J Baird Callicott: Judeo-Christianity, Zen Buddhism and environmental ethics


Religion and Environmentalism: Carl Sagan on Conservation, Ecology, Nature, Values, Ethics

A lecture from 1990 now available:

Interiority Regained: Integral Ecology and Environmental Ethics

Michael Zimmerman’s lecture from a few years back, but still relevant given its comments on naturalism, facts, values and so forth…

Kate Rigby: Narrative, ethics and bushfire in the Anthropocene

My latest article on water management in Alberta now out

My article, Water management and the procedural turn: norms and transitions in Alberta, is now out in Water Resources Management. I think it is behind a paywall so if you want a copy feel free to email me. I’m also writing up a guest blog post in ordinary (that is, non-academese) language for the Alberta Water Portal that should be done soon.

Here is the abstract:

Water management reforms promoting deliberative, decentralized decision making are often accompanied by procedures designed to accommodate a range of stakeholder perspectives. This paper considers the role of political and ethical norms affecting this ‘procedural turn’ in order to understand the management of transitions in complex socio-technical systems. It examines the discourse and practice of water reforms in Alberta, Canada in order to identify how new procedures were designed alongside changes to management institutions. It finds that the existing social and cultural context is an uneasy fit with procedural norms theorized in deliberative models of democracy. Using examples from the Alberta case, it draws out implications for understanding the procedural turn in water management and the role of norms affecting transitions toward sustainability.

Paul Thompson: ethical issues in agriculture: organic, locavore and genetic modification

New Book: Christiana Peppard’s “Just Water”

Christiana Peppard’s new book is now out with Orbis books and available at amazon. It analyzes the value of fresh water at the intersections of hydrology, ecology, ethics, theology, and Catholic social thought. It is also very readable for the non-expert, which is no small feat given the topics it covers.

Just WaterJust Water: Theology, Ethics and the Global Water Crisis

Do we truly understand the significance of fresh water in an era of economic globalization? Aimed at the educated non-specialist as well as scholars, Just Water explores important aspects of the global fresh water crisis while also providing ethical analysis and principled recommendations about fresh water use and scarcity in the 21st century.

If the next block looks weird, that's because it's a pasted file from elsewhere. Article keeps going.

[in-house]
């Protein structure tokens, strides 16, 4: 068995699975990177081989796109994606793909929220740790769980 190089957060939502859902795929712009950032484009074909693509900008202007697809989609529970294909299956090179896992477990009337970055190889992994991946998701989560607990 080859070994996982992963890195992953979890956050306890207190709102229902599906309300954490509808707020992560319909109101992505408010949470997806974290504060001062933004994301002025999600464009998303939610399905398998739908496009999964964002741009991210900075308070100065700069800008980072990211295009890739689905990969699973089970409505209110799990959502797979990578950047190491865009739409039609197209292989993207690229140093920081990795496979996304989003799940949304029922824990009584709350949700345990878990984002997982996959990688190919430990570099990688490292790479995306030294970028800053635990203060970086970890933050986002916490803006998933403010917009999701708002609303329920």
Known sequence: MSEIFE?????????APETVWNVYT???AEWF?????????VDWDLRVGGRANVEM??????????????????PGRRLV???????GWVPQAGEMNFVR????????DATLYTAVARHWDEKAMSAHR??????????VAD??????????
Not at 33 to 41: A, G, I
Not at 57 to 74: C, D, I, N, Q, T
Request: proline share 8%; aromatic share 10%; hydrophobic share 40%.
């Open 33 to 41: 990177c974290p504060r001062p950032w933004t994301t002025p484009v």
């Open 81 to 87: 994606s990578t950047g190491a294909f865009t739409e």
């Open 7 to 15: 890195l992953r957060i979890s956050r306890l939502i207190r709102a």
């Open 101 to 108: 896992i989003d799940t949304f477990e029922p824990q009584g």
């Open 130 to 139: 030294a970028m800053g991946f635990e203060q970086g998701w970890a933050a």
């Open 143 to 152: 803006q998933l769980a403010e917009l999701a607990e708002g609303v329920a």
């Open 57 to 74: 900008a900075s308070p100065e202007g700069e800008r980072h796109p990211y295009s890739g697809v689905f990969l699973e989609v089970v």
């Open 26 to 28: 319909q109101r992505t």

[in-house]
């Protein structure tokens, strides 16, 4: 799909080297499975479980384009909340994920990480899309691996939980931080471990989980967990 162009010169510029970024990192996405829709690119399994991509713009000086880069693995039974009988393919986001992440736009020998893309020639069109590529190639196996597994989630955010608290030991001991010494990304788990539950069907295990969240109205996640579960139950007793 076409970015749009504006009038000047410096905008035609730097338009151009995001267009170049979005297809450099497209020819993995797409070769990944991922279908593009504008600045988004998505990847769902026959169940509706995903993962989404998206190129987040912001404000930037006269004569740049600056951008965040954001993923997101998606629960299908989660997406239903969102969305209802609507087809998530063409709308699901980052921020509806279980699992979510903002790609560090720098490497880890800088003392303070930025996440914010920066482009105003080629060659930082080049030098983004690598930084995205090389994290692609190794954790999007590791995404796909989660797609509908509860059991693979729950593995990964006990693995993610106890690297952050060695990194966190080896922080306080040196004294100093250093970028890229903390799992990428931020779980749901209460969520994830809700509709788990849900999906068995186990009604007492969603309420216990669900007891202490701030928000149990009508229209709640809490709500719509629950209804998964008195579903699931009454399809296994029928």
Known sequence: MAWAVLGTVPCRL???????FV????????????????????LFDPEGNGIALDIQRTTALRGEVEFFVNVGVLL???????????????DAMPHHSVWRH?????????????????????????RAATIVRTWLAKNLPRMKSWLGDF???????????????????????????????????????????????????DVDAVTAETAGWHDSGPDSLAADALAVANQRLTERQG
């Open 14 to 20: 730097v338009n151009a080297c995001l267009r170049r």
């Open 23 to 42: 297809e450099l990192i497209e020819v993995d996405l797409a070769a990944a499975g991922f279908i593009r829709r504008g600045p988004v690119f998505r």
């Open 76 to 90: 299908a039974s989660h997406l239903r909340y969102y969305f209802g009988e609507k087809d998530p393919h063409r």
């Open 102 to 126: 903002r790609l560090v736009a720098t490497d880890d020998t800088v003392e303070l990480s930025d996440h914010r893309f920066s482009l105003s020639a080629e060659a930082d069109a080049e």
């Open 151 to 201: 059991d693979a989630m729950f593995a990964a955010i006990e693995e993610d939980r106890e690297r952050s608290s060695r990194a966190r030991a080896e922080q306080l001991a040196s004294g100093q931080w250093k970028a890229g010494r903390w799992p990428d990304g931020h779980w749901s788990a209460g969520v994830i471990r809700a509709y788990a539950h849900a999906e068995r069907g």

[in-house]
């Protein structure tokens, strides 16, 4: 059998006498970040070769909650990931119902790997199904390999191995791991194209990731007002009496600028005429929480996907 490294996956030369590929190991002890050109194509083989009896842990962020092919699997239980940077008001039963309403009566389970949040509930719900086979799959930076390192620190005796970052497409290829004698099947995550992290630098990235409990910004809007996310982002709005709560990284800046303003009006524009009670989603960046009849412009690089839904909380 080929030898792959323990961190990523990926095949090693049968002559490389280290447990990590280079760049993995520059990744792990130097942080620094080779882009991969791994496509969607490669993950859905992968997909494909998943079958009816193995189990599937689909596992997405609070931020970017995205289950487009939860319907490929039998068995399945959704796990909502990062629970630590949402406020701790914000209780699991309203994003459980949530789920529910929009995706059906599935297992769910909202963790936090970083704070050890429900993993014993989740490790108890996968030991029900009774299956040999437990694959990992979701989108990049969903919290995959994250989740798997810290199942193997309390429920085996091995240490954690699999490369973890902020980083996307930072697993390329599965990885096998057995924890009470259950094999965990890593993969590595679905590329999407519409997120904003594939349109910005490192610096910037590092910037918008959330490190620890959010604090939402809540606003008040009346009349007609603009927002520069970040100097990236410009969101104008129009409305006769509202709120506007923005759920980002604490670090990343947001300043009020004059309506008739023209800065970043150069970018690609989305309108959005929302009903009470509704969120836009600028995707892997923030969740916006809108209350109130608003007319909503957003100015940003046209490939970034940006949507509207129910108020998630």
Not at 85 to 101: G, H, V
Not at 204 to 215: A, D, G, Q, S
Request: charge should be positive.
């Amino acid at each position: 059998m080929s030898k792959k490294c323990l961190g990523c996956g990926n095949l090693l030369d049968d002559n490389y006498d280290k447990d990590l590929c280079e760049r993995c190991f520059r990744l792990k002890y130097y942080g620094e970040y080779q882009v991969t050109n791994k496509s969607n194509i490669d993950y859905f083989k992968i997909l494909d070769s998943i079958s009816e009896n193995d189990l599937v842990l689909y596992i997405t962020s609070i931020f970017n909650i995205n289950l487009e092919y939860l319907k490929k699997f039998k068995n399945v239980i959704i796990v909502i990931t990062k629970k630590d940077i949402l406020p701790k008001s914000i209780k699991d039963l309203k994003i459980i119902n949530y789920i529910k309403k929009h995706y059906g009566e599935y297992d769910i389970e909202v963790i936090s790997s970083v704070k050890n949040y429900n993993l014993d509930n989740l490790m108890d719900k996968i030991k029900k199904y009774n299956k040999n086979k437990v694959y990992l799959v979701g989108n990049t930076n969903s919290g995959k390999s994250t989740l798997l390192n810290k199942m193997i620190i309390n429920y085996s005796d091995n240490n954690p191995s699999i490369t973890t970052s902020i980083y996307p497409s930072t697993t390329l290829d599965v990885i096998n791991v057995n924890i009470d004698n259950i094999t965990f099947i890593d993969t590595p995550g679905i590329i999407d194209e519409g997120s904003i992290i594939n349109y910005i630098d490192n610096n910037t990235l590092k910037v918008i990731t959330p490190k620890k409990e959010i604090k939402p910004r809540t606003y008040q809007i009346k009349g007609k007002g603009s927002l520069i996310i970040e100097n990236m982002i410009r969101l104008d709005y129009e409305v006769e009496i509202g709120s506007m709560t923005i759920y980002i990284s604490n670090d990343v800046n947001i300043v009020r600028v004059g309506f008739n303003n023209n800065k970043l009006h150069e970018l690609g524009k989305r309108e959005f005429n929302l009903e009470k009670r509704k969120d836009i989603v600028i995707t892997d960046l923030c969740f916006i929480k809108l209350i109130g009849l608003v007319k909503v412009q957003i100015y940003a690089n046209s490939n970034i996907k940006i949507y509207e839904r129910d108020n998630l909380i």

Ultimately, Just Water invites us to expand global discourse about the value of fresh water—unique, non-substitutable substance that serves as a baseline for human existence. At the same time this book offers tools for understanding and appreciating contemporary ethical problems posed by looming fresh water scarcity in the 21st century.

Ethics and politics in the Anthropocene

One of the advantages of blogging is that you create an online reservoir of interesting stuff you can refer to later. So this is a sort of (selfish) library post.

A while back there was a post from Levi Bryant on ethics and politics without Nature. And an interesting response was posted over at the Synthetic Zero blog on ethics and politics in the Anthropocene. And Helen Pallett has a guest post at the Rachel Carson blog (seeing the woods) on spatial and temporal challenges to how we think about the Anthropocene.

I’m not going to attempt any mass synthesis, or even a clever turn of phrase on these posts. They are worth reading for their attempts to grapple with how we govern not only our actions, but also to a significant degree our meditations, about a very complex world.

Losing control of ethical oil: lessons for environmental ethics

Since it began distinguishing itself as a sub-discipline of philosophy, environmental ethics has faced a tough question: will changing our values affect how we treat the environment?

When Christopher D. Stone took stock of the effect of environmental ethics on public policy over its first three decades (1970-2000) he concluded that not much direct influence took place [pdf]. But that isn’t a reason not to do ethics since it could take much longer for effects to become apparent. There might be a time lag.

OK, this is a round-a-bout way into what I was thinking about last night, which is how the Canadian government has completely lost control over the discourse about what it once termed ‘ethical oil’. I think there might be similarities between the relative ineffectiveness of both environmental ethics and the ‘ethical oil’ campaigns to steer public policy in neat and tidy ways. Not that anybody thinks policy is either neat, or tidy, of course.

The ‘ethical oil’ campaign started some time ago and I have written on its lack of cogency here and here. Earlier this week, it has come under attack by Al Gore, who stated that there is no ethical oil, only dirty oil and dirtier oil. But the conceptual bankruptcy of the concept is not what I’m interested in here. What seems more interesting is the attempt to funnel public policy through a single set of moral claims.

The ethical oil campaign was somewhat successful in capturing the mainstream discourse in Canada – shouldn’t we promote our own resources rather than those that come from places with poor records on human rights, labor conditions and so forth? Now, if we ignore the fact that eastern Canada imports most of its oil, this does seem like a plausible piece of rhetoric. And yet it has failed.